By Chuck Carpenter
I had been horseback in the back country for about four days, working on a complaint. It was August and it was hot and dusty, almost miserable. I was riding one horse and had two packhorses loaded down with gear.
With the lack of rain and dry conditions the horses would kick up a cloud of dust with each step they took. The dust would rise up and I think most of it stuck to me. After a few days of these conditions I felt like someone threw me in the creek and then rolled me around in all that dust. I was feeling mighty grimy.
I come down a long ridge and after a while switch-backed down along the creek where the pack trail went. After several hours of traveling along the creek, I was a mile or so from the trail head. There was a meadow with lots of grass and a hot springs bubbling up out of the ground. I sat there on my horse a few minutes and looked around…not a soul anywhere.
It would sure feel good to get into that hot springs and clean off a little. I got off my horse and pulled off the saddle; I also pulled the packs off the pack horses and put hobbles on the three grass burners. They all started feeding on the lush grass in the meadow, paying no attention to me what-so-ever.
I looked around again and stripped down and started getting into the hot springs. All three horses jerked up their heads and stared right at me. All three of them snorted, bugged their eyes out, and headed down the trail. When a horse gets used to hobbles, they can travel right along and cover the country at a pretty good clip. They were making good time heading on down the trail. I looked around again and for the life of me tried to figure out what they had seen that made them want to leave when they had good feed clear up to their belly.
I quickly washed off, crawled out of my new found hot tub and put my clothes back on. I grabbed the halter ropes and headed down the trail a foot. The horses had made it about a half a mile and were still heading south! When they saw me coming they all stopped and nickered at me and I walked up, put the halter ropes on their halters, took off the hobbles, and started back up the trail leading them along.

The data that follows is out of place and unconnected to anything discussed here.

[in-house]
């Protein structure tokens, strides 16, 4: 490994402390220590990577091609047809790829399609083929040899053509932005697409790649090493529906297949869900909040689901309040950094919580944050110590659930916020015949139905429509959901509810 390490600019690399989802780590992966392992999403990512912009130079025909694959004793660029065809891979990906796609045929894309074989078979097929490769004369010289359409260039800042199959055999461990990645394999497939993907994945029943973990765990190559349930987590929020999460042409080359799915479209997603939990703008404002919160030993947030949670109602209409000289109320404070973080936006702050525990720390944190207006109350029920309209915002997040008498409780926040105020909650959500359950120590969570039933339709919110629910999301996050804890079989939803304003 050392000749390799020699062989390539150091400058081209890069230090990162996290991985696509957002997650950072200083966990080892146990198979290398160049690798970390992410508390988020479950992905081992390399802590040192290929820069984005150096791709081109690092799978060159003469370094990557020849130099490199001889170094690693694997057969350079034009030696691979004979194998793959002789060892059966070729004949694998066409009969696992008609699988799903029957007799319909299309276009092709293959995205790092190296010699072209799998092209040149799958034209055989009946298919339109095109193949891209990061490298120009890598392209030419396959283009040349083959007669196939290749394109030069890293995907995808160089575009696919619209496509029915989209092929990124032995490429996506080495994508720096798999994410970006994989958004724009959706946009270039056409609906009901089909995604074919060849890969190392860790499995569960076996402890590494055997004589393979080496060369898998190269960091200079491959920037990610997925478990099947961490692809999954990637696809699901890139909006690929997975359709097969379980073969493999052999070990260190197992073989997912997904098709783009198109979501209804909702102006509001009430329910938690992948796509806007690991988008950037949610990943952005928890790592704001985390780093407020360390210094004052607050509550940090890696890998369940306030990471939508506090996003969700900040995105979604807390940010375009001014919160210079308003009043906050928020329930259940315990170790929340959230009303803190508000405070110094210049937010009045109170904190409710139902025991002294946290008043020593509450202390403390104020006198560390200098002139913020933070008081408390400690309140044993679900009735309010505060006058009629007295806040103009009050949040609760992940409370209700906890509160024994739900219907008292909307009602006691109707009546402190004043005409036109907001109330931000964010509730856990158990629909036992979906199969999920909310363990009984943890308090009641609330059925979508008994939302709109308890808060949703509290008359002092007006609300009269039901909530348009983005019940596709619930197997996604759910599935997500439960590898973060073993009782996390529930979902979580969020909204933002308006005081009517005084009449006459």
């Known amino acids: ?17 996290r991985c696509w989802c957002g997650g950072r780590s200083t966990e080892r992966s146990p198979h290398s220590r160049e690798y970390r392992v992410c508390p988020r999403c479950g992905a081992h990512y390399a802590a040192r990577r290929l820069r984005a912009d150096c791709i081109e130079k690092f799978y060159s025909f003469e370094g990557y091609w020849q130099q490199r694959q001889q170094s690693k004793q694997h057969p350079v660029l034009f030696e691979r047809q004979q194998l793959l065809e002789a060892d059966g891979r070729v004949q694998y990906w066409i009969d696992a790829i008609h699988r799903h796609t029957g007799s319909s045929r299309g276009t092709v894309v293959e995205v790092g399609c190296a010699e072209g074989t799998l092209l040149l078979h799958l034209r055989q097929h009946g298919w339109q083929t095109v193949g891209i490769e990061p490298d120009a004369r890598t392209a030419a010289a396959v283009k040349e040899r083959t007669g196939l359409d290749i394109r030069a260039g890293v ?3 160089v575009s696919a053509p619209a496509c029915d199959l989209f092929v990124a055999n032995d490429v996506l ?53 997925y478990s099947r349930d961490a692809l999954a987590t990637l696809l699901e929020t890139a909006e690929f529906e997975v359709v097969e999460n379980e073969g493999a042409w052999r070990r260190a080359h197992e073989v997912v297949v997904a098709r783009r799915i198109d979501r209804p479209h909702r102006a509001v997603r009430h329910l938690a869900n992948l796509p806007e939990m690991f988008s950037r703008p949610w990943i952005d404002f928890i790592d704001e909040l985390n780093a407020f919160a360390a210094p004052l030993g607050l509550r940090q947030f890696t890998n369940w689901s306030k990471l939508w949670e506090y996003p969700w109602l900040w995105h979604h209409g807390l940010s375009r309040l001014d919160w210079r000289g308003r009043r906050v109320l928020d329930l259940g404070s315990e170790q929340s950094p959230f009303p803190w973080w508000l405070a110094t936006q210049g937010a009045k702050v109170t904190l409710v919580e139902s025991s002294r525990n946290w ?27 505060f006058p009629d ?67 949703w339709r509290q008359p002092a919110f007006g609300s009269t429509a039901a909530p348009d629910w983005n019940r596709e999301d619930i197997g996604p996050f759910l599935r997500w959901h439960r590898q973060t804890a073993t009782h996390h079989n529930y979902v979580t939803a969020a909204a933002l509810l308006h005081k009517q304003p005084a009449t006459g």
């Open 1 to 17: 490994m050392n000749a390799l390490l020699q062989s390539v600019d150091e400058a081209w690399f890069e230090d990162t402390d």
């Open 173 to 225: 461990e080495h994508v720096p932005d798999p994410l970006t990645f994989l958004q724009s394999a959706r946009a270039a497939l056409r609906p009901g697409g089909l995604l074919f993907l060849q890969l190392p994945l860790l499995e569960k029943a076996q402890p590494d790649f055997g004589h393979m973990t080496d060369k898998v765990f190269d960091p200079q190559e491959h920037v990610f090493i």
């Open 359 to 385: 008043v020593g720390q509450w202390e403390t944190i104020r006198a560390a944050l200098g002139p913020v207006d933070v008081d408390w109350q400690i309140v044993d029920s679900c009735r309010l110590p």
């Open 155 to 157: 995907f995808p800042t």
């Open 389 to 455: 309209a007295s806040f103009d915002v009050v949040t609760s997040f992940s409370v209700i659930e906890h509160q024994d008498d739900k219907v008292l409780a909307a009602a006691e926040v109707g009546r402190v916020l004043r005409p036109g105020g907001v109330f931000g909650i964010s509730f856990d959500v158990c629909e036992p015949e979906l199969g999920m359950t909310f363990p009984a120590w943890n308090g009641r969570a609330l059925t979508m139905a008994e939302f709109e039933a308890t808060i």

When I got back to the meadow where the hot springs was, all three horses slammed on the brakes and peered long and hard over at the hot springs. It was then I figured out what spooked them. They had never seen anything with hide as white as mine. When I had taken off my clothes and they spotted that really white lookin’ critter wallowing around in the water, I guess they figured that some long lost abominable snowman had staggered out of the timber and fell in the creek.
I’m really not sure what they thought I was, but I do know they thought it was time to clear out of this country with bright white animals like that splashing around in the hot springs!
Chuck Carpenter, originally of Montana but now of Idaho, likes to hunt, fish and trap. He worked on a farm as a boy; then, as an adult, he took a job with the Department of Interior’s Animal Damage Control, now called USDA Wildlife Services. He ultimately became a district supervisor. He retired in 2011.